David John Aldous, FRS (born 13 July 1952) is a mathematician known for his research on probability theory and its applications, in particular in topics such as exchangeability, weak convergence, Markov chain mixing times, the continuum random tree and stochastic coalescence. He entered St. John's College, Cambridge, in 1970 and received his Ph.D. at the University of Cambridge in 1977 under his advisor, D. J. H. Garling. Since 1979 Aldous has been on the faculty at University of California, Berkeley.
He was awarded the Rollo Davidson Prize in 1980, the Loève Prize in 1993, and was elected a Fellow of the Royal Society in 1994. In 2004, Aldous was elected a Fellow of the American Academy of Arts and Sciences. In 2012 he became a fellow of the American Mathematical Society.
Some of My Favorite Open Problems in Mathematical Probability
Thursday, October 18, 2018
10:20AM - 11:10AM
C405 Wells Hall (WH)
MSU statistician attains uncommon Institute of Mathematical Statistics "Annals quadfecta" status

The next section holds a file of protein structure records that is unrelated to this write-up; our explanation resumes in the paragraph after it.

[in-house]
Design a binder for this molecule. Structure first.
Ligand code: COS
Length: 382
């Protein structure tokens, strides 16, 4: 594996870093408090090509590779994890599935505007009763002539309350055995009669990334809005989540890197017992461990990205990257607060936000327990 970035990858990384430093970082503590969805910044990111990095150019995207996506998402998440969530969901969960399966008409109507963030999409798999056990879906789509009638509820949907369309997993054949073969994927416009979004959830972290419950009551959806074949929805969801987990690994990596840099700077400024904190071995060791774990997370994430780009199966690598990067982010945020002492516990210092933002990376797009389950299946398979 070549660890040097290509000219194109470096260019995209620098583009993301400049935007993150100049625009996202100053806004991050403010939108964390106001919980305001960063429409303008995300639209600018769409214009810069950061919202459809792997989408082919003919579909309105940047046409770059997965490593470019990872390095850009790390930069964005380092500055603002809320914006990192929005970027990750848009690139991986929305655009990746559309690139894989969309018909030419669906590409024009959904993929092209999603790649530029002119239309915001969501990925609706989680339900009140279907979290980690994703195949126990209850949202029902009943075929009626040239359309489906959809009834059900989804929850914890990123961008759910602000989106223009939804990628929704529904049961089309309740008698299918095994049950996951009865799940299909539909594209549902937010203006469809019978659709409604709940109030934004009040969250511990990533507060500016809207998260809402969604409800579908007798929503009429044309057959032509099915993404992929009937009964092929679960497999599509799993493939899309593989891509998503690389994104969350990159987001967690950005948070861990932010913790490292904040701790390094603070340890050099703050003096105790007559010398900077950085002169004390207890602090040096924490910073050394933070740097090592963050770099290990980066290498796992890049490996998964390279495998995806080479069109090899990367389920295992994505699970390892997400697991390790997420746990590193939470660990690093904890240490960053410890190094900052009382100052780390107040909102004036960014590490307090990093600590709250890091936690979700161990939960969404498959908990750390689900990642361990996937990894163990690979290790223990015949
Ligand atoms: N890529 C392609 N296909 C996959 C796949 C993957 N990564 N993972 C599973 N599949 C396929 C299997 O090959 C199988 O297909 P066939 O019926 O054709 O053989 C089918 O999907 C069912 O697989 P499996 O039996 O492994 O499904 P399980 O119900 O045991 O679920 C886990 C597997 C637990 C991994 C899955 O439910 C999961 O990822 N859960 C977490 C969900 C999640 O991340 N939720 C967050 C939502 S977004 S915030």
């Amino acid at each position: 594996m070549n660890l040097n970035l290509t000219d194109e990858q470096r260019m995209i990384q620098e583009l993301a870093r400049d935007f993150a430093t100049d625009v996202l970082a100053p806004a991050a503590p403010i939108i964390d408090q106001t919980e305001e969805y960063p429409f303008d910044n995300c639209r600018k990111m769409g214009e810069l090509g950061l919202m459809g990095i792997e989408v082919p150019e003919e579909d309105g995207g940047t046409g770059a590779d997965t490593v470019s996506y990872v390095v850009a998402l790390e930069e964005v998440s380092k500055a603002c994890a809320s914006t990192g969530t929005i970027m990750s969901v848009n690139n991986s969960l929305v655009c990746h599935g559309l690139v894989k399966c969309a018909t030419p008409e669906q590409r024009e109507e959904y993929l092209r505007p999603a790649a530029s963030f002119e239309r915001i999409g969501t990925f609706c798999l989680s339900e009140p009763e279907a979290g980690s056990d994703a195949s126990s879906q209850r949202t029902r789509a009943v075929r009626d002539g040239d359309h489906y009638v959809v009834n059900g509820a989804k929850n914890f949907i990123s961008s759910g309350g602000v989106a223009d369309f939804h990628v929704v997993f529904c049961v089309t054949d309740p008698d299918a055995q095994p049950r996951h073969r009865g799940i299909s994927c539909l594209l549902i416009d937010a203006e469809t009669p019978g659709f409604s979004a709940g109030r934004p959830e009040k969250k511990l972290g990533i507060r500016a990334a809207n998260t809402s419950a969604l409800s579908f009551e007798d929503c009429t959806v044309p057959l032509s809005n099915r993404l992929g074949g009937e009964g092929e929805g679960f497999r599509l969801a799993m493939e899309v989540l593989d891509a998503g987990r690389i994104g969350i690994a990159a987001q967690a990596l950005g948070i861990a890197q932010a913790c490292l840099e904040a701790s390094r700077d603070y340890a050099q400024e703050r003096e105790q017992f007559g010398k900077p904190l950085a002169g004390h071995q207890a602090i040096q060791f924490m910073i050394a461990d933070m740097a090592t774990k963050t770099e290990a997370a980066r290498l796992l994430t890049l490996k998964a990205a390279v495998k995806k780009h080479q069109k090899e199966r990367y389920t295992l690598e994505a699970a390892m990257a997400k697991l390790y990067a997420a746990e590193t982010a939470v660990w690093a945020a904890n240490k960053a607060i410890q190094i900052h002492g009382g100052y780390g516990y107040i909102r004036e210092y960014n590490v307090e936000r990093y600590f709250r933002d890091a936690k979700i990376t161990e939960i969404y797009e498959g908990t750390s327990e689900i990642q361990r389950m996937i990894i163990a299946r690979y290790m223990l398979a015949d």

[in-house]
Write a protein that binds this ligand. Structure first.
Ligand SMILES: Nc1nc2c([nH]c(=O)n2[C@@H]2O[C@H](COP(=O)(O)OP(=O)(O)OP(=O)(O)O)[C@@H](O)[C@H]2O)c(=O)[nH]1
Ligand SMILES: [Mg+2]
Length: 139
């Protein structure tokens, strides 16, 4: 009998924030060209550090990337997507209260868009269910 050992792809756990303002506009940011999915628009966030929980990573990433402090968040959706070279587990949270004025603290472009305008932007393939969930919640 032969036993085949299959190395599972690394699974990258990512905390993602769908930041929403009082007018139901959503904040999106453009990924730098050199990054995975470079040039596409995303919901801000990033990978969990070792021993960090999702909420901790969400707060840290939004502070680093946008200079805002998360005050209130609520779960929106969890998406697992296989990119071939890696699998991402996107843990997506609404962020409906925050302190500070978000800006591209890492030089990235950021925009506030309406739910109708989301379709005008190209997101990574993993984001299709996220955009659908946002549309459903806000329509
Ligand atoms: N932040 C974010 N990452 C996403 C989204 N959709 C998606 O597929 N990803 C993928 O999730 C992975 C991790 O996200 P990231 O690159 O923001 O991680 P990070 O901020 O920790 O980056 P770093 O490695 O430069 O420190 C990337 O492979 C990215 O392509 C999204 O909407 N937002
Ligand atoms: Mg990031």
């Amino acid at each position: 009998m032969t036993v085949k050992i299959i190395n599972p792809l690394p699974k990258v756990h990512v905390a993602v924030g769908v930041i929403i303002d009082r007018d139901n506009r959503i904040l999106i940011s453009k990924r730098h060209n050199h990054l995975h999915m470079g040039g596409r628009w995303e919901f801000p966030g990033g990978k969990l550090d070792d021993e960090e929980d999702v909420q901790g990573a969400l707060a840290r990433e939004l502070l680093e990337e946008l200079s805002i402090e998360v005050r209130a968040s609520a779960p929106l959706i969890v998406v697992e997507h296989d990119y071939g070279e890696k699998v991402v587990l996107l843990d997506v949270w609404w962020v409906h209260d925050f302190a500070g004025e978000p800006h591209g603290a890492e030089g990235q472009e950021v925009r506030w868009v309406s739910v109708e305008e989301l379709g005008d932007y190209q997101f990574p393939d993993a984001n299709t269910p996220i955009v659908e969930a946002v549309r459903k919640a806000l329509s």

PhD student Nilanjan Chakraborty was recently presented with the William L. Harkness Award for outstanding teaching by a graduate student.
Mr. Andrew McDonald, an Honors College junior majoring in Computer Science in the College of Engineering; and Statistics, and Advanced Mathematics in the College of Natural Science, has been named a recipient of the nationally competitive Barry M. Goldwater Scholarship.
Professor Yijun Zuo has been elected as a Fellow of the Institute of Mathematical Statistics (IMS). Fellows of the IMS are selected based on “demonstrated distinction in research in statistics or probability,” and the fellowship process is highly competitive.
Institution: University of Pittsburgh
Title: Random Forests: Why They Work and Why That's a Problem
Date: October 19, 2021
Location: Zoom (Click here for meeting details)
Time: 10:20 AM - 11:10 AM Eastern Time